Research by Li Tan, associate professor of mechanical and materials engineering, and a team of international scientists was featured in the Nov. 13 edition of the journal Advanced Materials.
Tan focused on metal–organic frameworks, or MOFs, such as copper-based network structures, and applied lower temperatures to let the crystalline solids overcome their instability. Specifically, temperature altering of the materials’ lattice structures yields more organized pores to trap small molecules of gases for energy storage or drug delivery.
The research could help material scientists design future crystalline solids or ordered structures that can be assembled, repaired or healed in various engineering applications.
Since MOFs share similar mechanical behavior to rigid solids of ceramics, a crack can lead to catastrophic structural failure over a short period of time.
Tan and post-doctoral student Ziguang Chen found even at a low temperature of minus-56 degrees Celsius, these hard solids can still be patched at their defects and the mended crystal structures then show significant improvement in strength and resilience.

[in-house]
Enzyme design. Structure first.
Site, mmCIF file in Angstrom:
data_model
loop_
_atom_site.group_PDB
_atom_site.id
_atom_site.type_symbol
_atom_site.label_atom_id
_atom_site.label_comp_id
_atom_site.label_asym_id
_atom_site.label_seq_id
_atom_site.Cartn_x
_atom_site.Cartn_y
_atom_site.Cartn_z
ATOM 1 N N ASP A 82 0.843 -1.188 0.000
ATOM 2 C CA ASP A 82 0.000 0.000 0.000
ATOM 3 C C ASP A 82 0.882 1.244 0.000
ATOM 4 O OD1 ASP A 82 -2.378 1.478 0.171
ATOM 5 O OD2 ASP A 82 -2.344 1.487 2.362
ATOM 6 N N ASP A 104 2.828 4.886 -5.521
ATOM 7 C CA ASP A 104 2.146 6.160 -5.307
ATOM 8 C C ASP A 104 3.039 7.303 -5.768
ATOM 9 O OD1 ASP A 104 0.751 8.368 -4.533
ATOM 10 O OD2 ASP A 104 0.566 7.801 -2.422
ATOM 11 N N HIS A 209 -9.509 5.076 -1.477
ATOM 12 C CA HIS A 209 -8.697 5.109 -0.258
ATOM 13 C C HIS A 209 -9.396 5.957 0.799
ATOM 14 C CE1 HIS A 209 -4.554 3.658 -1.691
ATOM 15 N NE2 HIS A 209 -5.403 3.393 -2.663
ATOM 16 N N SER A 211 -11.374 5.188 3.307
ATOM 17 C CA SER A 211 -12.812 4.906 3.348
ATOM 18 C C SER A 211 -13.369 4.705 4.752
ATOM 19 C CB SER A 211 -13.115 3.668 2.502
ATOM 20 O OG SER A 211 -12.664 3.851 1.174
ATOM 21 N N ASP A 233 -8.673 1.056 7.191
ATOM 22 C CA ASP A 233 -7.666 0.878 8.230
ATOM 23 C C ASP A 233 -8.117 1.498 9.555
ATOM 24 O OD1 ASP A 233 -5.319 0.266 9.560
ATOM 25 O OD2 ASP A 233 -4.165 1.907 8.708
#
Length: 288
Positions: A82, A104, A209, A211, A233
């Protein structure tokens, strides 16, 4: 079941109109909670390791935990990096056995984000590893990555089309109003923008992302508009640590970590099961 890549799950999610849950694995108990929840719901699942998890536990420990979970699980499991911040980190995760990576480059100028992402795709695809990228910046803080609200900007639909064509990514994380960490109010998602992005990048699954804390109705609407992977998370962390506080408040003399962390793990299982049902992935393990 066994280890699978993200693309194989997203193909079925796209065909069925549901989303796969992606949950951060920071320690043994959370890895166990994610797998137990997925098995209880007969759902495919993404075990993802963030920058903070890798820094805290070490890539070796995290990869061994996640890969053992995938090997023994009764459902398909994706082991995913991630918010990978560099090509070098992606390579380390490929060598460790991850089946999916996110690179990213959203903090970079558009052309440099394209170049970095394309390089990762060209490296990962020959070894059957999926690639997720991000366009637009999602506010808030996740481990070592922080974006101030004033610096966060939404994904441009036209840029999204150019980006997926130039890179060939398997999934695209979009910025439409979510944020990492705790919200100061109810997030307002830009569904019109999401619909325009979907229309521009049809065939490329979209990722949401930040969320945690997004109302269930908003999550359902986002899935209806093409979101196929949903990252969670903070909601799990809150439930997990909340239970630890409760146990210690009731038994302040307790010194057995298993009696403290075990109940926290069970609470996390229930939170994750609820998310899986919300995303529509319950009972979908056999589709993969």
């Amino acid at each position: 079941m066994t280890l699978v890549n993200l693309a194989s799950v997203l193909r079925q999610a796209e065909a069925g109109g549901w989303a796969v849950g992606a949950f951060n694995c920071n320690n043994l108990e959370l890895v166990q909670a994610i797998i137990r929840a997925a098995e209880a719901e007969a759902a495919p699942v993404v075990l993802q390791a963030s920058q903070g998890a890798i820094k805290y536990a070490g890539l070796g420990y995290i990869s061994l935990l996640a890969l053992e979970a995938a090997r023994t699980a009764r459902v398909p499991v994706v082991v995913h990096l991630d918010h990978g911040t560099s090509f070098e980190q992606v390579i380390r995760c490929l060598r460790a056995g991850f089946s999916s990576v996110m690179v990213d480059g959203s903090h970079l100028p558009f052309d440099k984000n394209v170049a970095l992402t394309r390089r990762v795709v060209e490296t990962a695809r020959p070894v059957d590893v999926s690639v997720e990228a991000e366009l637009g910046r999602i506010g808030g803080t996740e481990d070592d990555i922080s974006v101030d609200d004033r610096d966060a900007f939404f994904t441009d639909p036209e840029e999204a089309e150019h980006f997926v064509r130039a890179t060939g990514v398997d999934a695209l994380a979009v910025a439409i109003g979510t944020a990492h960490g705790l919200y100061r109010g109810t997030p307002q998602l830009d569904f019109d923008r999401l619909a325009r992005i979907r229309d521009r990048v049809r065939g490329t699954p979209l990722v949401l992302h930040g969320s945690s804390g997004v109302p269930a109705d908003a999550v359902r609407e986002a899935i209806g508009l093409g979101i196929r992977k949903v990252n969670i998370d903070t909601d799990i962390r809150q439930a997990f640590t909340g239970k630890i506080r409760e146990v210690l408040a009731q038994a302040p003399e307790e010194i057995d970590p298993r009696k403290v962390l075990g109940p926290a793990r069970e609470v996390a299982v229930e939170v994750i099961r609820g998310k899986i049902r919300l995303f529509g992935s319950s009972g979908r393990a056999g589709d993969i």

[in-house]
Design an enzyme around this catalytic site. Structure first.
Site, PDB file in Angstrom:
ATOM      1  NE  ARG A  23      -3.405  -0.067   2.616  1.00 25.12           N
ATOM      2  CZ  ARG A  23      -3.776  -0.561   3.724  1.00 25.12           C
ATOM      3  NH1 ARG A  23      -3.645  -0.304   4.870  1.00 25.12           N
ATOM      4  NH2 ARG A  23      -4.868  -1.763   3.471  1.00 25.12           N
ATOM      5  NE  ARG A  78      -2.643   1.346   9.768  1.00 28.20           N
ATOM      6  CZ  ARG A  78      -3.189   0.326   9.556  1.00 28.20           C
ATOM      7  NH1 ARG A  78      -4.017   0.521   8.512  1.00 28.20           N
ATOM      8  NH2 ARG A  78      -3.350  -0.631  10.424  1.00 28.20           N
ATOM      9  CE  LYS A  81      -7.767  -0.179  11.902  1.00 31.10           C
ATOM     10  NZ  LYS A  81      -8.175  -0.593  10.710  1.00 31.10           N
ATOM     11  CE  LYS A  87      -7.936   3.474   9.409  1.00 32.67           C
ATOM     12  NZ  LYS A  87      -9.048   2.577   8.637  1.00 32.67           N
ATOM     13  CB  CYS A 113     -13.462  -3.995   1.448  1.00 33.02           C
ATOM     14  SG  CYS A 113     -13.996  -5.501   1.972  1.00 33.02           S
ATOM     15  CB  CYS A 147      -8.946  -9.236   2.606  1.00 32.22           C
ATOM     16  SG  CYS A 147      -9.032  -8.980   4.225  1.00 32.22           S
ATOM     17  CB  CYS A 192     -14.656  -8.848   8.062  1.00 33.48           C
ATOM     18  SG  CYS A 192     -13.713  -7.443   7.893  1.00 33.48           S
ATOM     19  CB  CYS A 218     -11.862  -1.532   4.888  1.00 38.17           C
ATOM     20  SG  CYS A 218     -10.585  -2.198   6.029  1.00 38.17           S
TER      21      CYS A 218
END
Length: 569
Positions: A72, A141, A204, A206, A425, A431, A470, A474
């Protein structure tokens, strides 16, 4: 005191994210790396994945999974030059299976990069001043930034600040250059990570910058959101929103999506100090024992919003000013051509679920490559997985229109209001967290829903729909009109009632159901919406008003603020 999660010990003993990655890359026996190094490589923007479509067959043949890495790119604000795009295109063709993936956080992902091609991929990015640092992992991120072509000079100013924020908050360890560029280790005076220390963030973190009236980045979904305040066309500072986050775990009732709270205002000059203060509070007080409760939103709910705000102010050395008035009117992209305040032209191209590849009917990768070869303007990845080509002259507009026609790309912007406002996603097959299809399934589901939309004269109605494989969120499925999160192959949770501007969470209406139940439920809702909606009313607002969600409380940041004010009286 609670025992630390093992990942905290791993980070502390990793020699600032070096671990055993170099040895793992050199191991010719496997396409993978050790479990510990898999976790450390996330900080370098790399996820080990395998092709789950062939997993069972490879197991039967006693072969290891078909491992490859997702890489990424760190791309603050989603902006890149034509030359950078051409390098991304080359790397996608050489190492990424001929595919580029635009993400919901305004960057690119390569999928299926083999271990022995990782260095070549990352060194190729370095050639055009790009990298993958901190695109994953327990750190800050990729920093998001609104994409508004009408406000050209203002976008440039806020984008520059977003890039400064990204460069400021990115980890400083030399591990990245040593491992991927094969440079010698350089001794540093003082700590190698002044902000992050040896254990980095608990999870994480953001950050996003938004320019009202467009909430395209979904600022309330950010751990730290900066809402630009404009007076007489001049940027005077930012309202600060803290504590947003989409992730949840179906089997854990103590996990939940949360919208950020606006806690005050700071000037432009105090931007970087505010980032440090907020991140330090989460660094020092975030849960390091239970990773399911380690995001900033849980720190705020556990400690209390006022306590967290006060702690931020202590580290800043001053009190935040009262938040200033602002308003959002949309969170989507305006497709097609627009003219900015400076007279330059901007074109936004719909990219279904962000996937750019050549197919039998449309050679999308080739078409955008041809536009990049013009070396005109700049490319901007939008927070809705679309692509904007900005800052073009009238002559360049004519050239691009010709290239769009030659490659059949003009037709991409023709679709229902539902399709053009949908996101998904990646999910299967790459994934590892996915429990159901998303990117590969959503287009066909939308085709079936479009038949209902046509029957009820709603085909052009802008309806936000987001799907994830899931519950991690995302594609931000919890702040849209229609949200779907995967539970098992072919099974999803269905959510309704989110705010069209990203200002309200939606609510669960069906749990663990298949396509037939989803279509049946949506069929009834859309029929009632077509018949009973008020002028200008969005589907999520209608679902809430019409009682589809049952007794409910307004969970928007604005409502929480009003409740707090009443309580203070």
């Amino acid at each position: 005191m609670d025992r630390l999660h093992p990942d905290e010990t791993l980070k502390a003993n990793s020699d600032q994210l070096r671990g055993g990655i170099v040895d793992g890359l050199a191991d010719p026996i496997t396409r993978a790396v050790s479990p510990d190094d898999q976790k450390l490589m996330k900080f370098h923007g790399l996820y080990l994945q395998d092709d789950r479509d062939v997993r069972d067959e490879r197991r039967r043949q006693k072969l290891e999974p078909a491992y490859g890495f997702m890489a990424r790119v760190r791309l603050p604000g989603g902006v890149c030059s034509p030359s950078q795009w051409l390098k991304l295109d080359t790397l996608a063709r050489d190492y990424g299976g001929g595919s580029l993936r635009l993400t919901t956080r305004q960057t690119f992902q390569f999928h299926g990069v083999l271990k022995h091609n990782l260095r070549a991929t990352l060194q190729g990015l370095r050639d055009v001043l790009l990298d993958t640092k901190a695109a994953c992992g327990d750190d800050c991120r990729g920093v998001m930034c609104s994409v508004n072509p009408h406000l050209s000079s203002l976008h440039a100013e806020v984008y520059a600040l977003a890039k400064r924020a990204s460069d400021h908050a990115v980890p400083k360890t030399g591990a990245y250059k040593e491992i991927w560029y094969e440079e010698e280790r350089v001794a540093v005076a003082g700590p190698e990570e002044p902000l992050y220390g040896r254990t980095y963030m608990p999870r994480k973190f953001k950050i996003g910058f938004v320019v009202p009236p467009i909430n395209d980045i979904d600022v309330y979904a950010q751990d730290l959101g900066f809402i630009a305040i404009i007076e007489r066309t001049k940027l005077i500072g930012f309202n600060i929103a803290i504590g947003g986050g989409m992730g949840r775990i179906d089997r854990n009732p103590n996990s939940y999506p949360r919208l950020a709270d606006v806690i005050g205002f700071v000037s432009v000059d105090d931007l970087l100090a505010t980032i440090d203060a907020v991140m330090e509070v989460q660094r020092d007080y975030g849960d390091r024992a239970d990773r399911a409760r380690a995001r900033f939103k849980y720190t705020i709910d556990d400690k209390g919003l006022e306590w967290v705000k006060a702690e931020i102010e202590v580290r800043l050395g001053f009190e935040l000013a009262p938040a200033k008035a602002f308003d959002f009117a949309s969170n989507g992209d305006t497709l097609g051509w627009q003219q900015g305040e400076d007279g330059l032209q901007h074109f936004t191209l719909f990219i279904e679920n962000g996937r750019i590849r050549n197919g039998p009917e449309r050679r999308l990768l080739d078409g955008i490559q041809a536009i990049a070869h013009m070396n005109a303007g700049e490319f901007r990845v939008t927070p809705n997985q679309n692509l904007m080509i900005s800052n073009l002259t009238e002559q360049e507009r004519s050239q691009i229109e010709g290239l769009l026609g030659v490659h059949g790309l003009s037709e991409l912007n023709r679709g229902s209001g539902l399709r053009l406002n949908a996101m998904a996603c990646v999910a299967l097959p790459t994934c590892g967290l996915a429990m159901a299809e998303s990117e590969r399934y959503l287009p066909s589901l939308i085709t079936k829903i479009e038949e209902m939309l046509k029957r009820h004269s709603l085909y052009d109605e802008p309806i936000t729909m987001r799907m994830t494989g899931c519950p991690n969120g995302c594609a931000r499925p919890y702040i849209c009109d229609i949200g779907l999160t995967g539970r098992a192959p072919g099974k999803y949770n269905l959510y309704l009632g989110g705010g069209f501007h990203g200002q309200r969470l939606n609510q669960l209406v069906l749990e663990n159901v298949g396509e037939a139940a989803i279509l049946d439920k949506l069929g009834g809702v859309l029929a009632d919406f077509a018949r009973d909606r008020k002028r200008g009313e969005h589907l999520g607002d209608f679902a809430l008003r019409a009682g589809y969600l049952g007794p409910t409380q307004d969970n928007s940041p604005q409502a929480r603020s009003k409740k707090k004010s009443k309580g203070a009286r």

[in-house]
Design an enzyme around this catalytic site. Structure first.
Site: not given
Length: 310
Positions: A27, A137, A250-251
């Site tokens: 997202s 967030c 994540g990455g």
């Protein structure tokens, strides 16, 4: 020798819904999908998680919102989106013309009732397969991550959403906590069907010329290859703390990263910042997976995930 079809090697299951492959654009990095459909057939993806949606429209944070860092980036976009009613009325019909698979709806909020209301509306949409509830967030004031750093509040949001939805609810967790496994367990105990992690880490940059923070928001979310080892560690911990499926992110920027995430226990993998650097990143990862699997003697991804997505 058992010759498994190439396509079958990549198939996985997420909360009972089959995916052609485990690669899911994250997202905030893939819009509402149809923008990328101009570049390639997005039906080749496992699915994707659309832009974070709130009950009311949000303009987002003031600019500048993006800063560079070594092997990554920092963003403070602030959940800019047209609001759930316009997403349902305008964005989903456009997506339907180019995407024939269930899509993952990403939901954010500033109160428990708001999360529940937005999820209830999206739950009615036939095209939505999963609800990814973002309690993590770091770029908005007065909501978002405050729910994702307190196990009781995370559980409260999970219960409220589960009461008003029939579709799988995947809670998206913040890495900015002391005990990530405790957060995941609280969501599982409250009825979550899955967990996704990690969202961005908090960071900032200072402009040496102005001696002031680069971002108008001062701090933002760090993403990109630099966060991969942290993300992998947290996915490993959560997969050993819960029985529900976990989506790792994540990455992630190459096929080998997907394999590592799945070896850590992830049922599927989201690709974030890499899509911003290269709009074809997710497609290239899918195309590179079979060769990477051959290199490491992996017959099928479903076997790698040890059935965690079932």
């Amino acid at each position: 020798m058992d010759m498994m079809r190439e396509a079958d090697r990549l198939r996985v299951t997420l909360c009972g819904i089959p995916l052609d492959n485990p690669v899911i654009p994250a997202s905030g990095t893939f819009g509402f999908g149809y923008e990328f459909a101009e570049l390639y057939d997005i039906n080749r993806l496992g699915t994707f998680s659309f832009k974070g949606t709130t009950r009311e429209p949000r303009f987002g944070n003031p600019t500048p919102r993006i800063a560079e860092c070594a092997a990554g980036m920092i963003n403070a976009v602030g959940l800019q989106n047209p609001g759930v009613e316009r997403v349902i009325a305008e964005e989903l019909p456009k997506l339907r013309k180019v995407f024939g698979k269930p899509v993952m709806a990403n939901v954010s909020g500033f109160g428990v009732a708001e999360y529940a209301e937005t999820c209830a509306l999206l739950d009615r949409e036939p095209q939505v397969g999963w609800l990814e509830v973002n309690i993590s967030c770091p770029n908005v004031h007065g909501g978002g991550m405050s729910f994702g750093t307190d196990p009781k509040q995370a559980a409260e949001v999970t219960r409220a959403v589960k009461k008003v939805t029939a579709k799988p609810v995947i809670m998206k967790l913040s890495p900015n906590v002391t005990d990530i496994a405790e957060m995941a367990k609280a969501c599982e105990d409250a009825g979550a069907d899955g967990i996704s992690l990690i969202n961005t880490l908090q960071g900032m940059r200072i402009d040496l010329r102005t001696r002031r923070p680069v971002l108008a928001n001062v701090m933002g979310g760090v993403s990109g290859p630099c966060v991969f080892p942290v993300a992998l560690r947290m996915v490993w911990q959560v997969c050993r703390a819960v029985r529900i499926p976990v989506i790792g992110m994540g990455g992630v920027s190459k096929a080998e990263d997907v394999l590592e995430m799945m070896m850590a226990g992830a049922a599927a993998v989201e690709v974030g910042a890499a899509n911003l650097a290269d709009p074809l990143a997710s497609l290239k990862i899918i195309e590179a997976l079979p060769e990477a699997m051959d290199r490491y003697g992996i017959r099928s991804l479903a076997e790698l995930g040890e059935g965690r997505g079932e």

The reformed structures allow for dense packing that aids the toughness of the solid, facilitating multiple cycles of loading and unloading as carrier structures.
Tan worked with Xiao Cheng Zeng of UNL’s Department of Chemistry and Jean-Marc Saiter at the Institut des Matériaux in Rouen, France. Also contributing to the research was Banglin Chen from the University of Texas at San Antonio.
The work was funded by the National Science Foundation, the Nebraska Center for Energy Science Research, Nebraska Research Initiative and UNL’s Layman New Directions Program. It was aided by use of the Holland Computing Center with the USCMS Tier-2 site at UNL.
The article is available at http://dx.doi.org/10.1002/adma.201302471.